The brutal murder of Sarah Everard came to symbolise a broader issue about the threats that women regularly face from men, and how unsafe they feel when going about their daily lives. The PMA’s client services director, Austin Ambrose, believes it is the responsibility of us all to continue to highlight the issues surrounding the abuse of women and girls, and keep it at the forefront of the news agenda
Whilst those who know me well would probably describe me as somewhat opinionated, it is rare that I feel so animated, desperately saddened and motivated to the point that I feel compelled to put my thoughts into writing.
But following the horrific murder of Sarah Everard – plus the shocking number of killings even since then – and growing evidence of the continuing abuse of women, we must all confront and challenge male violence, misogyny, and the environment we have allowed to continue and ferment in which these atrocities flourish.
It is ourselves, and every aspect of our attitudes and our society, that we must address – from the casual ignoring of derogatory comment toward women and girls, to the actual embodiment of psychological and physical violence that permeates our society at sickening levels.
Our media seem to downplay violence towards women; they trivialise, or sometimes even dismiss, sexist and misogynistic attitudes and acts. Our tabloids objectify women through both imagery and the written word, and through our continuing tacit consent, and lack of action, this all continues unchallenged.
While the conversation regarding violence towards women gained momentum following the Sarah Everard case, it has not been as high profile in recent weeks and we must work hard to highlight issues that have not gone away.
Women daily are being subjected to coercive and intimidating behaviour by their partners. I know of women who aren’t allowed their own bank accounts, can’t come and go freely without accusation of inappropriate behaviour, and live in constant fear of displeasing the men in their lives. I have personally known a number of women who have suffered domestic violence, rape, having their independence and confidence crushed repeatedly and being constantly undermined to the point where they question their own sanity.
More than equals
We, as men, need to self-examine and hold ourselves to account. We need to appreciate the women in our lives, and our wider society, and treat them as, in most cases, more than equals. We need to stop the objectification of women and treat it with the contempt it deserves, calling it out whenever we encounter it and addressing the circumstances that allow it to exist.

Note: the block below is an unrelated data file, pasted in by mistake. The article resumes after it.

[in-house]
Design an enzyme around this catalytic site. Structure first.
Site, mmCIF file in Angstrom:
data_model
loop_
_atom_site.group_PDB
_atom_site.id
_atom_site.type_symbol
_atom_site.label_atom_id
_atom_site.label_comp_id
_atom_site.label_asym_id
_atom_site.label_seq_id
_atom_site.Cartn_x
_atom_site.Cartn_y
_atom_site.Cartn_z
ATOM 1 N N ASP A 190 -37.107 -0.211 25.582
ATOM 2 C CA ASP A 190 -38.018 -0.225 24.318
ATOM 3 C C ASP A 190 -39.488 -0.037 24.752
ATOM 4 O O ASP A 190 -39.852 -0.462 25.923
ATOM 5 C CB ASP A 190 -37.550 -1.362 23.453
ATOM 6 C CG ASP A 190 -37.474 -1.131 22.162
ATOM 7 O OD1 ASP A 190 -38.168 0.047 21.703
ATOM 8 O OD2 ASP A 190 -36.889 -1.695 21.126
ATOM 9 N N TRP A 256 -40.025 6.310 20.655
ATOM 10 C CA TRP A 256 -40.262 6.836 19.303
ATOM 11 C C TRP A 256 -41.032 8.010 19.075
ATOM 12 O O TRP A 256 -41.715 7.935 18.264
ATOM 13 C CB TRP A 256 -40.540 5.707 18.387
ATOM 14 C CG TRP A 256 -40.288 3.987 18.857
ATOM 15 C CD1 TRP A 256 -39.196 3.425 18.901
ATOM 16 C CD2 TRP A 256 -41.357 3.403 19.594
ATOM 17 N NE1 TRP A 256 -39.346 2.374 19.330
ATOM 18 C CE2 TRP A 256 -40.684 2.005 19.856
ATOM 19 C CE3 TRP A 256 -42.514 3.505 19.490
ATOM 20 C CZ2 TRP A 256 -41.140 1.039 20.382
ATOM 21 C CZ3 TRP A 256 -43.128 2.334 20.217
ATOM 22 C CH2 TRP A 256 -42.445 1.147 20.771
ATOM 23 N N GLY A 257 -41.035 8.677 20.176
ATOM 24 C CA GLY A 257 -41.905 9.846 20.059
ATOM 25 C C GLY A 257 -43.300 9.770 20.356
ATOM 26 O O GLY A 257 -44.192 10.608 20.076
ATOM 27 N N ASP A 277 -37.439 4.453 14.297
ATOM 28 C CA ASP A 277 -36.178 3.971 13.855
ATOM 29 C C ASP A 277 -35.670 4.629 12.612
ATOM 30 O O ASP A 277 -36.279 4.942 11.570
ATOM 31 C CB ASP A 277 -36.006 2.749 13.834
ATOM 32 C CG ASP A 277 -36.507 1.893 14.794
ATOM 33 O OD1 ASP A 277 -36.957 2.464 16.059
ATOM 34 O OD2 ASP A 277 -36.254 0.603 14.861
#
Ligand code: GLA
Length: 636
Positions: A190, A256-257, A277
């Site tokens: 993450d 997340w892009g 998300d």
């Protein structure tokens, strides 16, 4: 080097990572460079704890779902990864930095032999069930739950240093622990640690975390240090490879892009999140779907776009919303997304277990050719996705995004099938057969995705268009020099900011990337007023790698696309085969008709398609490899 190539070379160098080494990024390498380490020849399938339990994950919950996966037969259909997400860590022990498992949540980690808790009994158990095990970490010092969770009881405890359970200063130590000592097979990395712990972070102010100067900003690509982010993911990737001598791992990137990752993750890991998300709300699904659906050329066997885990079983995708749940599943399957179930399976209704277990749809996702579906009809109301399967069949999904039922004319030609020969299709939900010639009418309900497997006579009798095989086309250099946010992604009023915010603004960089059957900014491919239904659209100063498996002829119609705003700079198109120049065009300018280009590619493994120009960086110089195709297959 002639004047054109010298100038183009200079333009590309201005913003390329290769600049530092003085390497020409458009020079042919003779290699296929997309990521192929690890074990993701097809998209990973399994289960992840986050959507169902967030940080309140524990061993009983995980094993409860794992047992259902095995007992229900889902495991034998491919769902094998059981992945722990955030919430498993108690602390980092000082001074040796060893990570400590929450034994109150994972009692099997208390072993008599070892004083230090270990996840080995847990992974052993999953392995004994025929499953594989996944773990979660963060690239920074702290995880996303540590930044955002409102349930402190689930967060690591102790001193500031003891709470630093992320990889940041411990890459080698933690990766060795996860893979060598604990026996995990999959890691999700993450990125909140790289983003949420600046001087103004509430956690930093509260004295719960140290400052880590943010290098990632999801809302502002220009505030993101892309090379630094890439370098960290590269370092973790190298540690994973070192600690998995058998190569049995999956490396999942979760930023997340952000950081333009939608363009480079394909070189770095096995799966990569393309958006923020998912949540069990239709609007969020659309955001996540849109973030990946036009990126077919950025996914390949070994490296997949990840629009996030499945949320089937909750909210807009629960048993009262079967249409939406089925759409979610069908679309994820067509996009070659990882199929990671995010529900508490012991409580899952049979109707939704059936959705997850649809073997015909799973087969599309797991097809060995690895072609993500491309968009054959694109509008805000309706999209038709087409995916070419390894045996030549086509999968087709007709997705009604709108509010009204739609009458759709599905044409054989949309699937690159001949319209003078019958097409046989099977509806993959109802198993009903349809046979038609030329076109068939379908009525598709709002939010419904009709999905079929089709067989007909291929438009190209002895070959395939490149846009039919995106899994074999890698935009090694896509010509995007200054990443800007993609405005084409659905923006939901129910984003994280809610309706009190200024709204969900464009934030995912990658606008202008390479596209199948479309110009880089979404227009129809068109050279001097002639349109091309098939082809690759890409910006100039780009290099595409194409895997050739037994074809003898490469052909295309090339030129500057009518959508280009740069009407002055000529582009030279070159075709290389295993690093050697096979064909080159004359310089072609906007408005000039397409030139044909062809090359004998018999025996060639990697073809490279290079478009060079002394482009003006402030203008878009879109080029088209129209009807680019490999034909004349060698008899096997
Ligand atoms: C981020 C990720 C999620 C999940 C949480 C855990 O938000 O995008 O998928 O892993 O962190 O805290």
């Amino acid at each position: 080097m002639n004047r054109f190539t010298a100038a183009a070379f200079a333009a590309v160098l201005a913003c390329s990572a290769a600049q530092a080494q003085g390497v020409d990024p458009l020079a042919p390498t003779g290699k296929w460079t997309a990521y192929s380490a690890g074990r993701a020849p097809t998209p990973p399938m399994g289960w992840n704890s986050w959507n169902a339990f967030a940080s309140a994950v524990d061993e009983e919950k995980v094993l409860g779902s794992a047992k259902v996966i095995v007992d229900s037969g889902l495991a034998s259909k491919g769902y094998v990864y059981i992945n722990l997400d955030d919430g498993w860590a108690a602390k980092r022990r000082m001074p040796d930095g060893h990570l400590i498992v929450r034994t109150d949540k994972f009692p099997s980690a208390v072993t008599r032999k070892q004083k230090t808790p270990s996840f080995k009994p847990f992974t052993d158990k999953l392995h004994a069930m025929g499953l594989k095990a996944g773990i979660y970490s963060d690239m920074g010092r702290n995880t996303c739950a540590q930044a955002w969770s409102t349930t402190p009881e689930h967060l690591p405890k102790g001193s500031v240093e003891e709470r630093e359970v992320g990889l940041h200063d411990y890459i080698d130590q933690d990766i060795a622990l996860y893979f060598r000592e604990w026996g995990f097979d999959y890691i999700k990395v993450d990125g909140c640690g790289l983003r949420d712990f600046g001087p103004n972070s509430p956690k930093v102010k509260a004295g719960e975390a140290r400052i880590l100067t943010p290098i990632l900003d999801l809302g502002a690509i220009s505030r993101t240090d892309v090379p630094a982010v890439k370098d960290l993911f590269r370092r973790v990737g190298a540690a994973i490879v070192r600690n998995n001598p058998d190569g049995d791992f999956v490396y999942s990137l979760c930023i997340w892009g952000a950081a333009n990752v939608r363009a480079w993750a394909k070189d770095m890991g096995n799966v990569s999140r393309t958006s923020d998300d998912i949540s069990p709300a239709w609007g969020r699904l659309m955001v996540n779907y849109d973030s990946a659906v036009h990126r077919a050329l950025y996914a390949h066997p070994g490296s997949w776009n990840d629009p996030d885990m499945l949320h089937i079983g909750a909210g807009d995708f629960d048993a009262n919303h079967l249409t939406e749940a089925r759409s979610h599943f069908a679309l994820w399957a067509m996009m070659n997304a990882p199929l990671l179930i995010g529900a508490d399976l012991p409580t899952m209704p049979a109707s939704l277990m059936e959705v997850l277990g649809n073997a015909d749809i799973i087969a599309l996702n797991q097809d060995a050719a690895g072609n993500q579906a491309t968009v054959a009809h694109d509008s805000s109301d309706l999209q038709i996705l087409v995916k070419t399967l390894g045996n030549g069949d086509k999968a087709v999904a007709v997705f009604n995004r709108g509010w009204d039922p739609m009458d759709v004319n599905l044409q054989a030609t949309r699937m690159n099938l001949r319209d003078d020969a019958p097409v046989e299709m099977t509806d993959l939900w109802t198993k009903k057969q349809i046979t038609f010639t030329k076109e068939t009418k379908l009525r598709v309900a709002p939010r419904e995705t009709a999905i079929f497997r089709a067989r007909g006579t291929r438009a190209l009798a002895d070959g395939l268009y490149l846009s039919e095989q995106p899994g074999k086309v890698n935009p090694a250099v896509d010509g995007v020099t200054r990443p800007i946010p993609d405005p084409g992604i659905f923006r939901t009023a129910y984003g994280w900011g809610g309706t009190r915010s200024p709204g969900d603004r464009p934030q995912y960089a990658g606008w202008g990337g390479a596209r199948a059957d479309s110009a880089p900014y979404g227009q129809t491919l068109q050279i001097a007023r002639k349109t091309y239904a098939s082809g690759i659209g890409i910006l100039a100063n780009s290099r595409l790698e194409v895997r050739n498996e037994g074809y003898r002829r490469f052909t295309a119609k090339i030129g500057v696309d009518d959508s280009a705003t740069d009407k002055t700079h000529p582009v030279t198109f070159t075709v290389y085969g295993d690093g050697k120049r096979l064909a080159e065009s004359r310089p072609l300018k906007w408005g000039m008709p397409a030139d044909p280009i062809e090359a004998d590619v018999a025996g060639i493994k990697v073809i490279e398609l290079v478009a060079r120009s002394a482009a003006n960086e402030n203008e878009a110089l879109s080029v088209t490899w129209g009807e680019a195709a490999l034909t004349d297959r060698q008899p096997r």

Having grown up with my mother in the absence of my father my surroundings were predominately populated by women, and I consider myself privileged by this. My mother, and most of her friends, were highly educated, strong-minded, successful in every way one might describe success, and didn’t rely on men to validate them. Some had suffered the intimidation and violence mentioned earlier, but had evolved and seen it for what it was.
As a result of growing up in this environment I became respectful of the opposite sex and have never felt threatened by women who are bigger and better than me in any way. This, I feel, is where the root of the problem lies with most men who disrespect women.
Many men are insecure and egocentric which is where, I believe, many of the fundamental problems with the male psyche and subsequent attitudes and behaviour toward women stem from. It is us men who must challenge ourselves; we must address the drivers deep within us that are devoid of morality, decency and humanity. We must effect change in ourselves and, in turn, effect the necessary changes in our society. We cannot allow the climate, attitudes and behaviours that culminated in recent losses of life to perpetuate any longer.
We have seen successful prosecutions for rape fall to an all-time low – and they were pitiful before this. We are seeing horrific levels of domestic violence exacerbated by recent lockdowns. We witness, daily, the verbal abuse of women all around us and it is time for us to stop our inactivity, our procrastination and to be a power for good.
Please, please join me in speaking out and making a difference – from this moment on – so that every person in our society has the opportunity to live their lives to the full without fear, intimidation or violence.